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EFFECTS OF FOREST AND GRASSLAND VEGETATION ON SOIL HYDROLOGY IN MÁTRA MOUNTAINS (HUNGARY) 1 2 1 Andrea Hagyó , Zoltán Nagy , Kálmán Rajkai 1 Research Institute for Soil Science and Agricultural Chemistry of HAS, Hungary, H-1022, Budapest, Herman O.u.15. email@example.com 2 Szent István University, Department Botany and Plant Physiology, Hungary. Abstract Forests have a great effect on soil hydrology. Forest vegetation moderate soil freezing, tree roots loosen the soil, therefore infiltration conditions for water into the soil are better. Tree canopy protects the soil against intensive rainfall. In the study area the potential native vegetation is deciduous forest. However, because of deforestation the hydrophysical properties of the soil has probable become less favourable and the risk of soil erosion increased so the study of soil hydrology in these areas is relevant. The objective of this study was to identify the effect of forest and grassland vegetation on soil hydrology of a forest soil. We compared the hydrophysical properties and water content dynamics of the soil at two sites next to each other where the potential native vegetation is forest, but now covered by forest and grassland, respectively. The texture of the studied soil is clay. Heavy texture soils have unfavourable hydrophysical properties so the effect of vegetation can be very important in the area. The study is carried on in the Mátra Mountains, Northern Hungary (N 4750’37,6”, E 1943’16.5”). Elevation is 278 m a.s.l. The studied soil is Haplic Vertisol according to WRB, where the depth of humus layer is 35 cm. The forest and grassland fields are situated next to each other, on a nearly flat surface. The forest stand is dominated by Turkey oak (Quercus cerris), its mixture ratio is 50 %. Small leaved lime (Tilia cordata) and field maple (Acer campestre) are present with 20-20% mixture ratio, while robinia (Robinia pseudo-acacia), northern red oak (Quercus rubra), scots pine (Pinus sylvestris) and wild pear (Pyrus pyraster) are considered as rare species (mixture ratio: 2-4 %). The canopy cover is 80-100 %. The most dominant species of the shrub layer: saplings of the deciduous tree species of the canopy layer and Crataegus monogyna, Rubus caesius, Ligustrum vulgare, Rosa canina. Their average cover is 10-50%. The herb layer is rather poor; its total cover is about 1-5 %. The grassland has come through more land use changes. After deforestation it was functioning as a plough-land. Later it has been used as a cattle pasture for about 22 years. Grazing was stopped in 2003. The grass vegetation is now homogeneous. The dominant species in it is a Carex sp. We measured the bulk density, humus content, detailed particle-size distribution and water retention characteristics of the 0-5 cm topsoil and the 20-25 cm soil layer for both sites in laboratory. Soil water content has been measured continuously since 15 April 2005 in both sites. We use ECH2O soil moisture probes. Five-five ECH2O probes were buried into soil profiles between soil depths of 15 cm to 55 cm with 10 cm vertical distance between the sensors. The probes were placed parallel to the soil surface, orienting the flat side perpendicular to the surface of the soil. There are three soil profiles in the forest and one in the grassland. The soil moisture probe was calibrated for the studied soil. Records of soil water content in each layer were taken in every 30 minutes. The water retention curves of the two studied sites are shown in Fig.1. The saturated and wilting point water contents of the topsoil are similar at the two sites. The water retention curves of the two sites are also similar, but the water content values of the grassland are about 5-7 % higher along the curve. The water retention curve of the 20 cm soil layer is more different for the two sites. The saturated water content of the grassland is 14% lower than that of the forest. It can be resulted by the higher compactness of this layer in the grassland soil. The origin of the compaction may remained from former ploughing and cattle trampling. The significant (approx. 10 %) difference between the the low suction range moisture retention of the 20-25 cm soil layer is decreasing toward the higher suction range and becoming similar at the wilting point at the two sites. The wilting point moisture content is high in both layers at both sites because of the high clay content. 0-5 cm 20-25 cm 70 70 Water content (V/V%) Water content (V/V%) 60 60 50 50 40 40 30 30 WC-OBS grass WC-OBS grass WC-FIT grass 20 WC-FIT grass 20 WC-OBS forest WC-OBS forest 10 10 WC-FIT forest WC-FIT forest 0 0 0 1 2 3 4 5 0 1 2 3 4 5 pF (lg(cm)) pF (lg(cm)) a. b. Figure 1. Water retention curves of the topsoil and of the 20 cm soil layer (a.) in the grassland and (b.) in the forest. There were similar trends in soil water dynamics of the forest and the grassland. The main difference is the more intensive drying in the layers below 20 cm soil depth in the drying periods. The 10-20 cm layer was dryer than the deeper layers in all profiles in spring. In the summer soil water content decreased with different intensity in the profiles. The 10-20 cm layer in one of the soil profiles in the forest showed lower water content values in the dry summer period than the other two. This could be resulted by shrinking and later crack formation in the soil. Keywords: forest, grassland, Vertisol, soil hydrology, soil hydrophysical properties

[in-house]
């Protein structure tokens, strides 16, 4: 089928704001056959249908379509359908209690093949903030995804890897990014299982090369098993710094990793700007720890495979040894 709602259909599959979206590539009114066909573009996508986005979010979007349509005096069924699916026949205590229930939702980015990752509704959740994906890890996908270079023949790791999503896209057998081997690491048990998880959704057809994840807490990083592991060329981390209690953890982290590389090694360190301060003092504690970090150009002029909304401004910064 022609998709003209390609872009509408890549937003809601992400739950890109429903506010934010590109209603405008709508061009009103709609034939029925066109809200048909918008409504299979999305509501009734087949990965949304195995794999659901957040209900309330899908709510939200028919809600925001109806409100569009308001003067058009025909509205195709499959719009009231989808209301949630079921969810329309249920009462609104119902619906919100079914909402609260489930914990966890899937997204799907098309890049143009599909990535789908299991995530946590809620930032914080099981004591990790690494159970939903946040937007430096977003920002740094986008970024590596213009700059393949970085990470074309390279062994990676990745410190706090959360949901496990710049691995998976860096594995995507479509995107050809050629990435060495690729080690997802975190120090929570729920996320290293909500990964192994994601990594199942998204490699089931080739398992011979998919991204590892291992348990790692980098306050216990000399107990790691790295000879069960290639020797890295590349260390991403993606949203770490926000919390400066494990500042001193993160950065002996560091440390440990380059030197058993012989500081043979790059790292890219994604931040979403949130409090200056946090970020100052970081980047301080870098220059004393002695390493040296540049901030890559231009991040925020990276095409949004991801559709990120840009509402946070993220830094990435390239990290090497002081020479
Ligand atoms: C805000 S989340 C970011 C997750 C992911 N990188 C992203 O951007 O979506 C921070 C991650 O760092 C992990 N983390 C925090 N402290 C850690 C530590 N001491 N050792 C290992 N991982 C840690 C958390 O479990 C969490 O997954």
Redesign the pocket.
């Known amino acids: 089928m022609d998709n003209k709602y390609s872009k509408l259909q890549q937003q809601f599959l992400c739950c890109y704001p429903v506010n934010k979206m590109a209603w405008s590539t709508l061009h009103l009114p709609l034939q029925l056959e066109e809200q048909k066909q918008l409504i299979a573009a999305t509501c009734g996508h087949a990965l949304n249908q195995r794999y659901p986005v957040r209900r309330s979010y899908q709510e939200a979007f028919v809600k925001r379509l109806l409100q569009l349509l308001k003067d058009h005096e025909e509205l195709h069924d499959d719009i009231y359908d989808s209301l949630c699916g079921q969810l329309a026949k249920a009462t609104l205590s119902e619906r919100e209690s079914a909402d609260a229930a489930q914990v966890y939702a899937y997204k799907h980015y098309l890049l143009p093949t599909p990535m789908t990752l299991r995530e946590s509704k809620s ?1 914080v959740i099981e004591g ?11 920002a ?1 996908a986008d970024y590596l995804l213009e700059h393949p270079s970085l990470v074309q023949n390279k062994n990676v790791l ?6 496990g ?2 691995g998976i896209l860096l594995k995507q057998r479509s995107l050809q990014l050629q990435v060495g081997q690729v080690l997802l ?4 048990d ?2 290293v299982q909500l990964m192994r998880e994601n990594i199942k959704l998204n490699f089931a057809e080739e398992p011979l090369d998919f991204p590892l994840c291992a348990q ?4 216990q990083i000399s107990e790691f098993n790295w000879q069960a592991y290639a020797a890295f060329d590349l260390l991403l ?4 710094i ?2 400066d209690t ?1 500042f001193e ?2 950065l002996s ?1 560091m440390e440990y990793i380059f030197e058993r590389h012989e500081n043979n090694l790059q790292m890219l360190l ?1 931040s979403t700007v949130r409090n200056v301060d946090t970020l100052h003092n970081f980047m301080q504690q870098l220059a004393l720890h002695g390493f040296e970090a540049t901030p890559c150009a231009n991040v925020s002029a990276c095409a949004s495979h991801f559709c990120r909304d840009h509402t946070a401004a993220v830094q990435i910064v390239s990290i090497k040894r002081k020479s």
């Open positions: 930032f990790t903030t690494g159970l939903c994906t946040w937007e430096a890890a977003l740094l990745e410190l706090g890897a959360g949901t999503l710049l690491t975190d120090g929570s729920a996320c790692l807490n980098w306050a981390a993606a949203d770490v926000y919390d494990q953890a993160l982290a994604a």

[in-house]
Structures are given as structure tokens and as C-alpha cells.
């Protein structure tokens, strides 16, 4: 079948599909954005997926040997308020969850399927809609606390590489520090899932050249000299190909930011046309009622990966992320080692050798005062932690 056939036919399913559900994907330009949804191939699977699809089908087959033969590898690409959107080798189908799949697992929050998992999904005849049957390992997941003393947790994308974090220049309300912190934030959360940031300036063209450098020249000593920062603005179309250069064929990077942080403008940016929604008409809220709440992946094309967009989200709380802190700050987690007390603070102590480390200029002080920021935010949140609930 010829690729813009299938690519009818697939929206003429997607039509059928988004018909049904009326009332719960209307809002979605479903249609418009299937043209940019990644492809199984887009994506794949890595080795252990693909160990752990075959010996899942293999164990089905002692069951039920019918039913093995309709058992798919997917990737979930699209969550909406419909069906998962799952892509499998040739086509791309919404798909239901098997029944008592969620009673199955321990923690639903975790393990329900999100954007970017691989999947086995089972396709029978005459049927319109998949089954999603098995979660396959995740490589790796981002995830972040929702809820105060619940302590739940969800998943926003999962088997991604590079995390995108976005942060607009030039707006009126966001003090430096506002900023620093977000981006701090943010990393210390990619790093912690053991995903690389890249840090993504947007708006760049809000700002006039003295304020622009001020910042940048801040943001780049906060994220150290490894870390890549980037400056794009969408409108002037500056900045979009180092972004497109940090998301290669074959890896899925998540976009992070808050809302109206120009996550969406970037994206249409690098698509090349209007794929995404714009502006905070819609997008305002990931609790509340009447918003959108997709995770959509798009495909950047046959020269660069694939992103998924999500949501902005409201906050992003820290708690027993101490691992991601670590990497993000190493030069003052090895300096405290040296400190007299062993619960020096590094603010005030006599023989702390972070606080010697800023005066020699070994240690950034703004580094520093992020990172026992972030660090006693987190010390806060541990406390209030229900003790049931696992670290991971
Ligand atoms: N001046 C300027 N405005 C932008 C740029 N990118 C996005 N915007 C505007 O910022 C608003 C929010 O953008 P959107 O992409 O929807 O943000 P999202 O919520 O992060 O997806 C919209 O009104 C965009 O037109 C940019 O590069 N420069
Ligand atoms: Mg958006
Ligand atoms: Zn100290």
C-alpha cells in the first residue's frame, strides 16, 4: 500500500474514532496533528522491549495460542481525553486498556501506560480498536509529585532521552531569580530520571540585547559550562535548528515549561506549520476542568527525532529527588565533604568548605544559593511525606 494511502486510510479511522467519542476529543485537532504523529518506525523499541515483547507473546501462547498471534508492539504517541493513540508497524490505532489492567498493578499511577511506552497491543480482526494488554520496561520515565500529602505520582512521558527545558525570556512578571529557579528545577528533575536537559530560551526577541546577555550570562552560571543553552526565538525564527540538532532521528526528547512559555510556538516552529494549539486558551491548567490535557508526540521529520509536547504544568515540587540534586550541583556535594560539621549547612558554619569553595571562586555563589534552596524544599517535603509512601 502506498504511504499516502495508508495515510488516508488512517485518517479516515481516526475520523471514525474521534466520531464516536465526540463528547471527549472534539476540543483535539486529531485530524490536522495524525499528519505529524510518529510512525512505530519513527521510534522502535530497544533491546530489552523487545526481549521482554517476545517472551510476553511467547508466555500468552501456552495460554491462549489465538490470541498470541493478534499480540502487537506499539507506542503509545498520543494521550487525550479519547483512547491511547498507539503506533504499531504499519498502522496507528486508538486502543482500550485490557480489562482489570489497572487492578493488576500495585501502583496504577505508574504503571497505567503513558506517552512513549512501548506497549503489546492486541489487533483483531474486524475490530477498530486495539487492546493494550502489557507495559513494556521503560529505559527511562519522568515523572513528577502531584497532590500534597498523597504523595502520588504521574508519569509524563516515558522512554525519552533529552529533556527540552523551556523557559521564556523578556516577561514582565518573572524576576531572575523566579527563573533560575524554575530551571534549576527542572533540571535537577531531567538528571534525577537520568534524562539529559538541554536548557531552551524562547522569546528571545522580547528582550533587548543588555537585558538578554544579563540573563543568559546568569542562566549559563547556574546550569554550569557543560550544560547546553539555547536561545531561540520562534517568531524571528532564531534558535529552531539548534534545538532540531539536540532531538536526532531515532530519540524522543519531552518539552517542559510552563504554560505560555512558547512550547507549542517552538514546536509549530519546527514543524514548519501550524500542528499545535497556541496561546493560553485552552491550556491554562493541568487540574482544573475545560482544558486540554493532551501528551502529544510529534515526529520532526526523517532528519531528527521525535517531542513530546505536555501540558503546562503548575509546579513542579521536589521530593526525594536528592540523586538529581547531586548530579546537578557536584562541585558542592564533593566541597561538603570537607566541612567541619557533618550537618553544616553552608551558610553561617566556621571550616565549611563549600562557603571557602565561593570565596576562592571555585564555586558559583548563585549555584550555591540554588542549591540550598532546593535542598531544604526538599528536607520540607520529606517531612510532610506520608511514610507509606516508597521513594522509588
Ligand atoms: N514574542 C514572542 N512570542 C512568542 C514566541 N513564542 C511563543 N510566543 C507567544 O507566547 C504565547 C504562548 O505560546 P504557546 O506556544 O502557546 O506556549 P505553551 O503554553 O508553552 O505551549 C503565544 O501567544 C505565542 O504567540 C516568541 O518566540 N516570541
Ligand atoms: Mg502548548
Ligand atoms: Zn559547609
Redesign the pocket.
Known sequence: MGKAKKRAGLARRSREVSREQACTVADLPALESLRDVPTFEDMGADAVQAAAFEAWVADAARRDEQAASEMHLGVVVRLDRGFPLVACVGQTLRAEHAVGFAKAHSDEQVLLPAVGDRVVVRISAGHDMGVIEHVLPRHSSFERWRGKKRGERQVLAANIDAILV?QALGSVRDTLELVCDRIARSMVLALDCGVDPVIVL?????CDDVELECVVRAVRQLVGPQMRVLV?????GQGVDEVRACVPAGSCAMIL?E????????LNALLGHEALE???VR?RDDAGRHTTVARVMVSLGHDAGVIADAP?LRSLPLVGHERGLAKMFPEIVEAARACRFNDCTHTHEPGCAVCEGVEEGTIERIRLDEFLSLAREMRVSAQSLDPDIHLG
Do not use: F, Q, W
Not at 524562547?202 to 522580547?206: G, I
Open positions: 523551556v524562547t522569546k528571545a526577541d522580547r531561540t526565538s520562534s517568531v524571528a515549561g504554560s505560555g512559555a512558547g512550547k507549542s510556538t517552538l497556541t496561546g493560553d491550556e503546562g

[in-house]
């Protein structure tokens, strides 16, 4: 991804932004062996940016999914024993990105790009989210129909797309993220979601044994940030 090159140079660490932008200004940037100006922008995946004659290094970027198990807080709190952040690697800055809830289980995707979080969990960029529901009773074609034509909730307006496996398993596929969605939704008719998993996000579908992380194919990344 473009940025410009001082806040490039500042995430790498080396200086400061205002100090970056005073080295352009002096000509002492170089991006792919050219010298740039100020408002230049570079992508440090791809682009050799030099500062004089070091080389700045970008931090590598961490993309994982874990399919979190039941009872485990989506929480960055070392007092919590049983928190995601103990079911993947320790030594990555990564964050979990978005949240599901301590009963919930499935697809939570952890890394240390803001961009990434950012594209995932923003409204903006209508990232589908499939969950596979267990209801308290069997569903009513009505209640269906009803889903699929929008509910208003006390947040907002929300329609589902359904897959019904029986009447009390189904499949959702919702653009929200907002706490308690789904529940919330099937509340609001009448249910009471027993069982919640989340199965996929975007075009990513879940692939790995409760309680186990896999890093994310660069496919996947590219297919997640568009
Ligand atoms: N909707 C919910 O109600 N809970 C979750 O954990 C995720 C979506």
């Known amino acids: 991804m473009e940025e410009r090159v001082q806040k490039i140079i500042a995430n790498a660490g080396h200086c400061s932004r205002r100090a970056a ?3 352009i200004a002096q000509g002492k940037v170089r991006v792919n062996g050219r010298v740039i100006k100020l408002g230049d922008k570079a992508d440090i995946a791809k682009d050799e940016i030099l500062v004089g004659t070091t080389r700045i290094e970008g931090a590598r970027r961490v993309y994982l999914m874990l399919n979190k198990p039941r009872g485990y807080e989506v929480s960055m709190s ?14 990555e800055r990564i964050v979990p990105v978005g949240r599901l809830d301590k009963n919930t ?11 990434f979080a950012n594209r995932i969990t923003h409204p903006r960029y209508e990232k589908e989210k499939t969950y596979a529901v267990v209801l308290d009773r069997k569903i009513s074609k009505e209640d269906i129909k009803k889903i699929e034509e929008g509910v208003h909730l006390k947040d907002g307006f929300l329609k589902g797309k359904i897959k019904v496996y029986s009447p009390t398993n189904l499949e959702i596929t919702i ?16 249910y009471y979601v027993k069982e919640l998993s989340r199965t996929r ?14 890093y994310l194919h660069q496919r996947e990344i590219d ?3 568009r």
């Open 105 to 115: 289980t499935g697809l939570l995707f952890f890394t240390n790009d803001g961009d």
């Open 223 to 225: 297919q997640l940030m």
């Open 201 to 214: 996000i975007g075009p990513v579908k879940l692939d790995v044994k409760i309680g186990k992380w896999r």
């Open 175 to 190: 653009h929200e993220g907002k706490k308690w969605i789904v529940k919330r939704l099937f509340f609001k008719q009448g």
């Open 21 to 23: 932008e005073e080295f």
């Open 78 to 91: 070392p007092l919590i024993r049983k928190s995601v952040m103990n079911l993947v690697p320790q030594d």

"Effect of different vegetation types on soil hydrology in Mátra"